Danny Elfman’s film and television scores frequently exhibit a kind of quirky, slightly deranged humor. For example, listen to the zany music which accompanies “The Breakfast Machine” scene from the 1985 comedy, Pee-wee’s Big Adventure, in which the persistent pulse of Khachaturian’s Sabre Dance meets 1920s Kurt Weill. I love the way the mechanized madness of that scene is launched by that quiet, initial rhythmic vamp in the bells.
Something similar to those chimes from Pee-wee’s Big Adventure can be heard in the opening of Elfman’s 2008 ballet score, Rabbit and Rogue, written for choreographer Twyla Tharp and the American Ballet Theater. Aided by the use of gamelan and other unconventional additions to the percussion section, it’s a larger-than-life musical romp which contains occasional echoes of the ballet music of Prokofiev and Shostakovich. (This passage from the Gamelan movement is infused with the soaring, lush romanticism of Prokofiev’s Romeo and Juliet).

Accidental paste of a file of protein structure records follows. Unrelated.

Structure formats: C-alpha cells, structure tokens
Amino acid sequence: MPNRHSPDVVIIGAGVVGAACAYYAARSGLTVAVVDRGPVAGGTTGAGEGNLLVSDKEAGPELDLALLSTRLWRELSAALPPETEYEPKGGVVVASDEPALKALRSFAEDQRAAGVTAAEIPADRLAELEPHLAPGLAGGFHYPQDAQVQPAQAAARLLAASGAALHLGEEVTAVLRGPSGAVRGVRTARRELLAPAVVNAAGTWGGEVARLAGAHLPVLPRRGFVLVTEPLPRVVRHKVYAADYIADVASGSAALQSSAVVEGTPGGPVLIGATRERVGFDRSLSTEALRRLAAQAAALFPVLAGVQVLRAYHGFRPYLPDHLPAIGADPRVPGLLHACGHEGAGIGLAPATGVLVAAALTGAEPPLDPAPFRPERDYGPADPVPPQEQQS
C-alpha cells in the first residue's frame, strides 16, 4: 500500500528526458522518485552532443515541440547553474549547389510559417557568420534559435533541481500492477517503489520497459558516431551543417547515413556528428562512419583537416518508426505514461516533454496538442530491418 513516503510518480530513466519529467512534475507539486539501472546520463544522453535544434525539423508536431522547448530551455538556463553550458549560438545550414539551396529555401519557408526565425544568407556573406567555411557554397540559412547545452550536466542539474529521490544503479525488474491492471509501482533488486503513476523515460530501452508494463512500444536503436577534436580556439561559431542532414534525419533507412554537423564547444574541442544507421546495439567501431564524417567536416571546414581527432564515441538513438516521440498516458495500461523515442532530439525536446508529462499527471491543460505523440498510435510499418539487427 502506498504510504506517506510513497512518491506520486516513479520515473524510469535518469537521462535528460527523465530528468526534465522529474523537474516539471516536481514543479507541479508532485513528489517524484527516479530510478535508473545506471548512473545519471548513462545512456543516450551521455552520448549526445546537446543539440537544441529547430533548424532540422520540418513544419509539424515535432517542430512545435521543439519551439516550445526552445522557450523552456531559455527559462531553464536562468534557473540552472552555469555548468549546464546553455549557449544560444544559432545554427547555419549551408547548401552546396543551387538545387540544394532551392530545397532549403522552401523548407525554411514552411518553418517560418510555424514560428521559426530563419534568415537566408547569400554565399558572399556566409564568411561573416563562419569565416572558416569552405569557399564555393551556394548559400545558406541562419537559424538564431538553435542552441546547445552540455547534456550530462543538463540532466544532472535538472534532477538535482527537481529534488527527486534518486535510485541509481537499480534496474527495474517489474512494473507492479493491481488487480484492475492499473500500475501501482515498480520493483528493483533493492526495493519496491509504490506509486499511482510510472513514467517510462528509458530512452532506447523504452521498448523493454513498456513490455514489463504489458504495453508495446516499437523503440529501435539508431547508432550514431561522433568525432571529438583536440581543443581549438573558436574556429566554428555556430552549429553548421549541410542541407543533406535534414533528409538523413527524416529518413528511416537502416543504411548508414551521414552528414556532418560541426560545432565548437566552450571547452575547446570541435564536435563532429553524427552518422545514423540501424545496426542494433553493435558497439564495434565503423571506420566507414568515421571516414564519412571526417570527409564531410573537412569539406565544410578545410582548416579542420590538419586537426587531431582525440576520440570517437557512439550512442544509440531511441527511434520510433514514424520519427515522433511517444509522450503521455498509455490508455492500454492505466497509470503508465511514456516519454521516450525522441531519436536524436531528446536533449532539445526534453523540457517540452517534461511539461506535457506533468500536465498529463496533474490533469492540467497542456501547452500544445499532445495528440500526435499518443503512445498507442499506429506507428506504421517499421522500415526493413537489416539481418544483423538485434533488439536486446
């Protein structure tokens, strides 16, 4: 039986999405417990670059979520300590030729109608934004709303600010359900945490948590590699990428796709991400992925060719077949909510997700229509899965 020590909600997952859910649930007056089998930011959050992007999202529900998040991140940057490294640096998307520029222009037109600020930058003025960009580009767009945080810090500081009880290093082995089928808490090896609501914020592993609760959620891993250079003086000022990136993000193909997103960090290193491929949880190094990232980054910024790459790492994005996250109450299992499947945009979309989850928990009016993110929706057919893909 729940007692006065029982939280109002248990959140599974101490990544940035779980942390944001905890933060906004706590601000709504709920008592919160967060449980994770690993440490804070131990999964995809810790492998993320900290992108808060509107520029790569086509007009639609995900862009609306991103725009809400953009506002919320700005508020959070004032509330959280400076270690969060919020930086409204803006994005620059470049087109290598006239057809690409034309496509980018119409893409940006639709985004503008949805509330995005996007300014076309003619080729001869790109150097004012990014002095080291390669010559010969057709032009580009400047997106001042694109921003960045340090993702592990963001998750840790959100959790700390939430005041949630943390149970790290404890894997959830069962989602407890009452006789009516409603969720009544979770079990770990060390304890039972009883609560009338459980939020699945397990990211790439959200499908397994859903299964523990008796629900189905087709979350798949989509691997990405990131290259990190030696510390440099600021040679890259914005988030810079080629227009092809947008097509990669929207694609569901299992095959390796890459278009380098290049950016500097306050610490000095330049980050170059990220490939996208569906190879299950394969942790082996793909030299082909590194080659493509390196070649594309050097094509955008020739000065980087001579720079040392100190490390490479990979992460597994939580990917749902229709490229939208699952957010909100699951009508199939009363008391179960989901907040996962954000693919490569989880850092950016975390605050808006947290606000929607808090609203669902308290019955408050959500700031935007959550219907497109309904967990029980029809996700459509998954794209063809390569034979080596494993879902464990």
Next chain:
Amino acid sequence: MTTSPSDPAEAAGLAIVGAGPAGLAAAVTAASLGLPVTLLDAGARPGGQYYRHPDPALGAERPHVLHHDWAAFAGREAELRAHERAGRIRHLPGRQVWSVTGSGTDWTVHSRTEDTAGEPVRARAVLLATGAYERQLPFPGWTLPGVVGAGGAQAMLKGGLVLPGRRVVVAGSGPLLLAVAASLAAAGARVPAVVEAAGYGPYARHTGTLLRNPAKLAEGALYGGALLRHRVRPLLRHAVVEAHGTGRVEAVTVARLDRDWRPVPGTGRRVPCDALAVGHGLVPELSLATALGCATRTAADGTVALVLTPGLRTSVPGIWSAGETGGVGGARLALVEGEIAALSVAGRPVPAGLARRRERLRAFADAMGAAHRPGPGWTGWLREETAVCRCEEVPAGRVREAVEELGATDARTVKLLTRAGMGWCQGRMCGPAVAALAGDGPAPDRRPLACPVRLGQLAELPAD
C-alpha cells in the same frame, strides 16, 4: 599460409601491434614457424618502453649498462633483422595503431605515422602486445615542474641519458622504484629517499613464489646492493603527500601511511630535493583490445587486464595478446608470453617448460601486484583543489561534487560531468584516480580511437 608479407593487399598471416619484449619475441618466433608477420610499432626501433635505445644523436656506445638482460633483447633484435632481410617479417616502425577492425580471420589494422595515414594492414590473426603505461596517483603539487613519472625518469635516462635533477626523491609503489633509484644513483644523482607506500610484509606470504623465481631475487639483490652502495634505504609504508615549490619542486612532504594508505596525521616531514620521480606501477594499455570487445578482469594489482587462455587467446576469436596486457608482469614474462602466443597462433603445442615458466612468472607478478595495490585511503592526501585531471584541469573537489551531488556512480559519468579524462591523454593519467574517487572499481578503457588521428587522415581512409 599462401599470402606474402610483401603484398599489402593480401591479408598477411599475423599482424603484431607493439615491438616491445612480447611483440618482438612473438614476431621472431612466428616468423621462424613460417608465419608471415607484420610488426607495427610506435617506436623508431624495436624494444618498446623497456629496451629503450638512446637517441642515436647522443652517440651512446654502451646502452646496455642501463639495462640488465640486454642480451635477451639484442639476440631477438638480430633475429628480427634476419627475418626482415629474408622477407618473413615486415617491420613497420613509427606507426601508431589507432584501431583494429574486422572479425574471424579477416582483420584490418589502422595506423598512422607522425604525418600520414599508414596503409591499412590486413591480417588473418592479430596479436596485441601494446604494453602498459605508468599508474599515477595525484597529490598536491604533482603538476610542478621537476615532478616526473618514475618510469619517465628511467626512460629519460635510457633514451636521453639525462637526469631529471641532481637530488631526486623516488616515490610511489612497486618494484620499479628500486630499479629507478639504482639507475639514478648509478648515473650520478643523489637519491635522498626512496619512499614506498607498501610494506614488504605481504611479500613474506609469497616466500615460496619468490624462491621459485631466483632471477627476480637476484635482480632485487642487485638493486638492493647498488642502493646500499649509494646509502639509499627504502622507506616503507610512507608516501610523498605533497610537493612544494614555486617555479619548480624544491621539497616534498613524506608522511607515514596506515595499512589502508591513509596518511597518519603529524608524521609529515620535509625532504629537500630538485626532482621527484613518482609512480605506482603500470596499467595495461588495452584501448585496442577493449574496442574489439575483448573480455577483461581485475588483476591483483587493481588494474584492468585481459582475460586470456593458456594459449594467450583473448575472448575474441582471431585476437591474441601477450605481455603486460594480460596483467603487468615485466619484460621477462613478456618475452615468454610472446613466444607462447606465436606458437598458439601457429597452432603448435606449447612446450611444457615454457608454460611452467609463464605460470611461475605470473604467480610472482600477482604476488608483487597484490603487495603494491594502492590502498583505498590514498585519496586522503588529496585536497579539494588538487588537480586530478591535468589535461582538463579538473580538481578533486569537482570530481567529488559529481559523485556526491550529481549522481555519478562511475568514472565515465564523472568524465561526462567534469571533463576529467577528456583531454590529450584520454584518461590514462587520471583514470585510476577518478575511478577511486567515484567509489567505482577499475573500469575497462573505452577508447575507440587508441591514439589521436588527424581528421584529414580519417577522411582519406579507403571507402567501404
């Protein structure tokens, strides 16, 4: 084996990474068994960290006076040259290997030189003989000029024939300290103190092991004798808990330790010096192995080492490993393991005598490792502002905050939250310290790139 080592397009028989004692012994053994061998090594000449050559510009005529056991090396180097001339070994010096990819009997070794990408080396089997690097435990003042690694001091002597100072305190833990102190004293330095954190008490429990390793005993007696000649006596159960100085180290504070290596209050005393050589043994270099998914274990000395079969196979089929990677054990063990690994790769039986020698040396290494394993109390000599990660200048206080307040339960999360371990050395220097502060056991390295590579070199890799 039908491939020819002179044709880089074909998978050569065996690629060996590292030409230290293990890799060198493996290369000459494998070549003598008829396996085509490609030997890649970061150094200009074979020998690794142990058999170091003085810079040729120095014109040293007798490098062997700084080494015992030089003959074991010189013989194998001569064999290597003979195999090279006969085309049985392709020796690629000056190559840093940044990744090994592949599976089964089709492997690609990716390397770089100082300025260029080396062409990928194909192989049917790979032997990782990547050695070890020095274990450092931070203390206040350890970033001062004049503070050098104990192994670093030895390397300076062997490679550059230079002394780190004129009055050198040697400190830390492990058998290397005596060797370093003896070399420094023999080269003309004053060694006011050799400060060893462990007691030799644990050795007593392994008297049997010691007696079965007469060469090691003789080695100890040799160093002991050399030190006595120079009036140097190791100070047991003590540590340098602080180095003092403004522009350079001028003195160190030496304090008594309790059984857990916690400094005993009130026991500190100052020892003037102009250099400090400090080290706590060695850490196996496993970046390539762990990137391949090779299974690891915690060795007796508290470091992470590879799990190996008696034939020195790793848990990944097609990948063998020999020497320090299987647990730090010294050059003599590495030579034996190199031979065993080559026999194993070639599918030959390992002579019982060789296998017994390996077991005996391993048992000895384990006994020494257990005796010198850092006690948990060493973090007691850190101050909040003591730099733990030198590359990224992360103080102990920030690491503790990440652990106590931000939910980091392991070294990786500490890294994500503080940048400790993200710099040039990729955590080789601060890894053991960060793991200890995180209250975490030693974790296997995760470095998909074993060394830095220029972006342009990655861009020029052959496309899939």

The Finale opens with a string fugue which seems to pay homage to Benjamin Britten, along with veiled, tongue-in-cheek references to Shostakovich (these fiery string and shrieking woodwind passages) and Prokofiev (the dense, tuba-heavy orchestration and wide voicing here). There’s an interesting moment when the motives of the preceding movements collide in a crazy and colorful melting pot. In this case, Elfman had no film to accompany but there is still a distinctly cinematic quality about this music.